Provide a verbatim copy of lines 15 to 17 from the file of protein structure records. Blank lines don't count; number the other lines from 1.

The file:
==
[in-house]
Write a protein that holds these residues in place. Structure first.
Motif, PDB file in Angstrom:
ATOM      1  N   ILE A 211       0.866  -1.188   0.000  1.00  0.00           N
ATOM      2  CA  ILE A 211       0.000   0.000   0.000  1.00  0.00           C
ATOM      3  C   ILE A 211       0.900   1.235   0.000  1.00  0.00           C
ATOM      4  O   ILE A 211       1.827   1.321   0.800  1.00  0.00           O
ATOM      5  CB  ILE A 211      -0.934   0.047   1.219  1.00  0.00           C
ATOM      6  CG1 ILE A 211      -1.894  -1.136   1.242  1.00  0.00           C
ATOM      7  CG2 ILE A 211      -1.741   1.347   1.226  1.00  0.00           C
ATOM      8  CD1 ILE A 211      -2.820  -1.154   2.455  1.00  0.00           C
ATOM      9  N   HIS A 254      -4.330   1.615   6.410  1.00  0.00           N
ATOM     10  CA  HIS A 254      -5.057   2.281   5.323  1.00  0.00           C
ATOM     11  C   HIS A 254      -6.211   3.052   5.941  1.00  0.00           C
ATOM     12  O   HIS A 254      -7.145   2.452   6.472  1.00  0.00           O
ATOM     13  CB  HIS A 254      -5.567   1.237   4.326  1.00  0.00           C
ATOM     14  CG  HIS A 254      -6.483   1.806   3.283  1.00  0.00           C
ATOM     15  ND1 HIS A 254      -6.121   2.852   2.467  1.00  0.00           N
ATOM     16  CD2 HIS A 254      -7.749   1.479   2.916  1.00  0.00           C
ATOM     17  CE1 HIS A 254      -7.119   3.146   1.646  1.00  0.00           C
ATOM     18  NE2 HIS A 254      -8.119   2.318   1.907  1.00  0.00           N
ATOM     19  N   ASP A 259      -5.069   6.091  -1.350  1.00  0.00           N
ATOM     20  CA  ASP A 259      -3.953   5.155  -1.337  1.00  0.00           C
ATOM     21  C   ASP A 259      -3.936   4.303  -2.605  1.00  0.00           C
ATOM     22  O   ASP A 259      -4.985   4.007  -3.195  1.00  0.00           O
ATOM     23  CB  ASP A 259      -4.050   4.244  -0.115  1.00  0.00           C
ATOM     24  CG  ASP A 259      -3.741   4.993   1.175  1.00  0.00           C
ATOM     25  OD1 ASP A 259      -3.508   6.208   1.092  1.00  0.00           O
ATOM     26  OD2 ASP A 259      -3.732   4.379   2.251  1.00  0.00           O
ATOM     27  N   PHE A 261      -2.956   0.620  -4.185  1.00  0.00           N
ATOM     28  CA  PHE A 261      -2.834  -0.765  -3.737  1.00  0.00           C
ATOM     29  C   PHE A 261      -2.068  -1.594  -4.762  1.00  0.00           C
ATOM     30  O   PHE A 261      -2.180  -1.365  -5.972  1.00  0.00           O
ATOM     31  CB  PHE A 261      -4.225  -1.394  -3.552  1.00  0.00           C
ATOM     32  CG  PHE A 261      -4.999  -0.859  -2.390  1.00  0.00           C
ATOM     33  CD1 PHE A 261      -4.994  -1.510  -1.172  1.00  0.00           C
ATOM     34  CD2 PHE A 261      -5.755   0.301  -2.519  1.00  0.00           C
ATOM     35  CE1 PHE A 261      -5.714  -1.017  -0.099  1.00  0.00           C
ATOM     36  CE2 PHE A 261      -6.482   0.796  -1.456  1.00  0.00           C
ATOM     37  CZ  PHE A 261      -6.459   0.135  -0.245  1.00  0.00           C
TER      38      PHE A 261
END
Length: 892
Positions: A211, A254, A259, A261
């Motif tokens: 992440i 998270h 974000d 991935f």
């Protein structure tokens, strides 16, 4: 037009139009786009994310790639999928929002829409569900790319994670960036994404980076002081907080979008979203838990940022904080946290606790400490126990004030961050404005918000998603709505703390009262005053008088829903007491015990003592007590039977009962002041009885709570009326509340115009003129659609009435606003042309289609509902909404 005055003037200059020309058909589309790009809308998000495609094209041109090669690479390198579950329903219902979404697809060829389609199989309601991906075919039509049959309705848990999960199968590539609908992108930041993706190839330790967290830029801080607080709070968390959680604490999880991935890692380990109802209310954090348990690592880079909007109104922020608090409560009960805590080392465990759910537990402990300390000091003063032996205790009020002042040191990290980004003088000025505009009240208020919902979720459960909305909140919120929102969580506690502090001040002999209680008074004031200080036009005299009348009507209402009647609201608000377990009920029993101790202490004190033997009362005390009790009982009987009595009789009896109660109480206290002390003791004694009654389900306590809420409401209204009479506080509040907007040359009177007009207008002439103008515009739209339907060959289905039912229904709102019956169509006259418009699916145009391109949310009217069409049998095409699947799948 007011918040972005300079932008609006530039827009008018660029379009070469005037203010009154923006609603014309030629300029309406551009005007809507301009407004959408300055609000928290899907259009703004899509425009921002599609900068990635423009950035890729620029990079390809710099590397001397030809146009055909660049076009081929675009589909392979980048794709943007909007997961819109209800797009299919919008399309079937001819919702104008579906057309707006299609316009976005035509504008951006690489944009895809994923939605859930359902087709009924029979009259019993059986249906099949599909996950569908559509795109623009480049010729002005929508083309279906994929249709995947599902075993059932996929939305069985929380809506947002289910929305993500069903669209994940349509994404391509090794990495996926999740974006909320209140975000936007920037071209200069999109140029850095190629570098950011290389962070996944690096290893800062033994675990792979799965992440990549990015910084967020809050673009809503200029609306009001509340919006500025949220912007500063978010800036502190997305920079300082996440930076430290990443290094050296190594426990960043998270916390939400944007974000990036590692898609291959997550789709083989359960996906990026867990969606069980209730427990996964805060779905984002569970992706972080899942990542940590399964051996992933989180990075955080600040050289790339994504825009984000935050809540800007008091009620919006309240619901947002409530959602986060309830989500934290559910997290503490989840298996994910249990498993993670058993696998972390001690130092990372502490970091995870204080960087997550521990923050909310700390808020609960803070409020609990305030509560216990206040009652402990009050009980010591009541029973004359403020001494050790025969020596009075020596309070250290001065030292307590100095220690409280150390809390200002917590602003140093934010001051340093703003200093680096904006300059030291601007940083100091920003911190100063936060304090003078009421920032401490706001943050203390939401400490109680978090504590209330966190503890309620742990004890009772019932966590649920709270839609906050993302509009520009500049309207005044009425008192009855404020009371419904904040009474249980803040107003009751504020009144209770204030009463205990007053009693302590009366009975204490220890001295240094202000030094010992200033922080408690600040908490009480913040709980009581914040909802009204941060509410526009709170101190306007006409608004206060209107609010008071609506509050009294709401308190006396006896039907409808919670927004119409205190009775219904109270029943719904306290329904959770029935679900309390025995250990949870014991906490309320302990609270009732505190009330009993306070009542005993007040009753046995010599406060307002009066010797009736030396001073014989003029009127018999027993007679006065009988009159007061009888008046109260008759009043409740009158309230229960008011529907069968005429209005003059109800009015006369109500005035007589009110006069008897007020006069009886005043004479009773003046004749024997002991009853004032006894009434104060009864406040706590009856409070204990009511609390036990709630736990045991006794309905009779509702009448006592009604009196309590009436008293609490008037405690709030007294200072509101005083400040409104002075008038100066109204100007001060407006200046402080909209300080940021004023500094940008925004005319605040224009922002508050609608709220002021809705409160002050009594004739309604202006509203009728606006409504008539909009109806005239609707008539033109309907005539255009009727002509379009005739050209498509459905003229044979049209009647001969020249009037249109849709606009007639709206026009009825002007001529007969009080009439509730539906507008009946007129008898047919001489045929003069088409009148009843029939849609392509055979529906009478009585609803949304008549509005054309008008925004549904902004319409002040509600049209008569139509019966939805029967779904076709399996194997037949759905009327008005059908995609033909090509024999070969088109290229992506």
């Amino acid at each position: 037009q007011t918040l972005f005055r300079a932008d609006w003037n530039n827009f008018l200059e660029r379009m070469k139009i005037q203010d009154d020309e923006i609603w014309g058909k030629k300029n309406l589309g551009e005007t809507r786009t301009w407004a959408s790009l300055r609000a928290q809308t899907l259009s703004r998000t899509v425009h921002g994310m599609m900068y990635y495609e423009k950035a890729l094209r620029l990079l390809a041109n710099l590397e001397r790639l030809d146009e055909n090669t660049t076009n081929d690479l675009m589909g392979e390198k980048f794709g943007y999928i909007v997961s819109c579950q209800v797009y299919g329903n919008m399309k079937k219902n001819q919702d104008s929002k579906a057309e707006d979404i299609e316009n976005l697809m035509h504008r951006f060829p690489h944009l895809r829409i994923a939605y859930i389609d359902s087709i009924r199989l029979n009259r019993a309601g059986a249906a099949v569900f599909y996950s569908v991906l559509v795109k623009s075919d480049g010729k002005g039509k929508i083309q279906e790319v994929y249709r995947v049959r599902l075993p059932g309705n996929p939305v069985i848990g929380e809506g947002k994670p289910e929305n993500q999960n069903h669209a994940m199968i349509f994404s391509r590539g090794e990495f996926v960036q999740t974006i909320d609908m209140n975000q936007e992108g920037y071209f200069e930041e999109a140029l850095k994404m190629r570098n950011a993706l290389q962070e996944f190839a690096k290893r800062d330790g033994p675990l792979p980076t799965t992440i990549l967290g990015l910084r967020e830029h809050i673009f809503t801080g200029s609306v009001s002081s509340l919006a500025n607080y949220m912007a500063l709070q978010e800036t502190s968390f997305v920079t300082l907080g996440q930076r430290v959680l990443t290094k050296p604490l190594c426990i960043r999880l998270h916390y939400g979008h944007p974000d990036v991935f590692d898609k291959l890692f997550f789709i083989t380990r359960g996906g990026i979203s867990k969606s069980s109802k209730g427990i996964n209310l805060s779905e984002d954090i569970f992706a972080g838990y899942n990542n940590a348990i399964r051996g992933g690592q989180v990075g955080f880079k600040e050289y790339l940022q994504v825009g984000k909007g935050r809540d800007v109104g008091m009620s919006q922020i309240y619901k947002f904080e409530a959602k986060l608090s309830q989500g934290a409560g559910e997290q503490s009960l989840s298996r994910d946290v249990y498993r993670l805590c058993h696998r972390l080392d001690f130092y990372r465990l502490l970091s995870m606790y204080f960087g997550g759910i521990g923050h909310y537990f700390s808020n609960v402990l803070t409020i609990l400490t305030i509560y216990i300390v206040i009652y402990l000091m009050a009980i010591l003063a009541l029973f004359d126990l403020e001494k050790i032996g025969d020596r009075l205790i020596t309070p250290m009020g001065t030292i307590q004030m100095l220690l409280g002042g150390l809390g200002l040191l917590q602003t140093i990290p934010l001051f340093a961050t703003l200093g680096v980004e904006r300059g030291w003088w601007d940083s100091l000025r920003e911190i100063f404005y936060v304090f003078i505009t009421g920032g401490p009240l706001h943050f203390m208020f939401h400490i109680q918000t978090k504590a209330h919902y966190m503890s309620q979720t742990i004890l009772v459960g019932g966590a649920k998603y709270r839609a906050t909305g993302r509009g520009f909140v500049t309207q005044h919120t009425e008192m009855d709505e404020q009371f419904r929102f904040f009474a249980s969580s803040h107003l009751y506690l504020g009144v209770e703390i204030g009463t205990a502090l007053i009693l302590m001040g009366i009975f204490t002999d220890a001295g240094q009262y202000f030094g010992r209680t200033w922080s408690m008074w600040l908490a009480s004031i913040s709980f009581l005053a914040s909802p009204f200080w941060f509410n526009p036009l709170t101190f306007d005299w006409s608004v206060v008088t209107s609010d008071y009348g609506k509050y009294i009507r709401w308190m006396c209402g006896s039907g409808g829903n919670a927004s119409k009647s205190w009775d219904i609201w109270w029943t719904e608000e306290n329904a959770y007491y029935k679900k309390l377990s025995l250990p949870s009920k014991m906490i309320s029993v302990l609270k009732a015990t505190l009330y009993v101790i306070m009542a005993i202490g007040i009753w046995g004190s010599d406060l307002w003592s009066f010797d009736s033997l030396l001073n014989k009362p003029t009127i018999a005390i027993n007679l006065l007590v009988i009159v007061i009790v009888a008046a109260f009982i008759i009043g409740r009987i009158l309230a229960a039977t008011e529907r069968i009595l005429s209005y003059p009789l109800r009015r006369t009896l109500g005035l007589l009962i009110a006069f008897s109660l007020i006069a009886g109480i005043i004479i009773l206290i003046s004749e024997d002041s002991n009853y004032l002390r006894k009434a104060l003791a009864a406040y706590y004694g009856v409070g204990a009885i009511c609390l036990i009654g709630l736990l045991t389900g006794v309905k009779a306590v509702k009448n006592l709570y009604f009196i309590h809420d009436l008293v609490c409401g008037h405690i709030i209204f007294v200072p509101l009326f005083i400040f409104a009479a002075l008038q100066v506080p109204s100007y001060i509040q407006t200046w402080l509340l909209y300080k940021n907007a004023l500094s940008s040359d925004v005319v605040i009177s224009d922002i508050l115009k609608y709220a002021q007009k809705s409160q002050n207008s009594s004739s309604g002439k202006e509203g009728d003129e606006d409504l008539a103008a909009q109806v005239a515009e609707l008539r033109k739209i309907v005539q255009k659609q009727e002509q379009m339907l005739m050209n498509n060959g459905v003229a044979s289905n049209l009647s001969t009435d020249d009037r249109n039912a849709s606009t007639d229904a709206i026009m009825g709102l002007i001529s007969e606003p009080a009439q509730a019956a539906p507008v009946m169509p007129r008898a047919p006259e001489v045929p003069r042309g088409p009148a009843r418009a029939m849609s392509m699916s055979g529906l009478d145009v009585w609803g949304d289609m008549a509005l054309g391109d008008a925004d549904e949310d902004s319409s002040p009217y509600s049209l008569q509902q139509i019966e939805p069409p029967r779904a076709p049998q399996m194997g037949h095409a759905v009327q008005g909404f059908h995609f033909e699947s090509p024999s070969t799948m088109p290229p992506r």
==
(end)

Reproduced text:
ATOM     12  O   HIS A 254      -7.145   2.452   6.472  1.00  0.00           O
ATOM     13  CB  HIS A 254      -5.567   1.237   4.326  1.00  0.00           C
ATOM     14  CG  HIS A 254      -6.483   1.806   3.283  1.00  0.00           C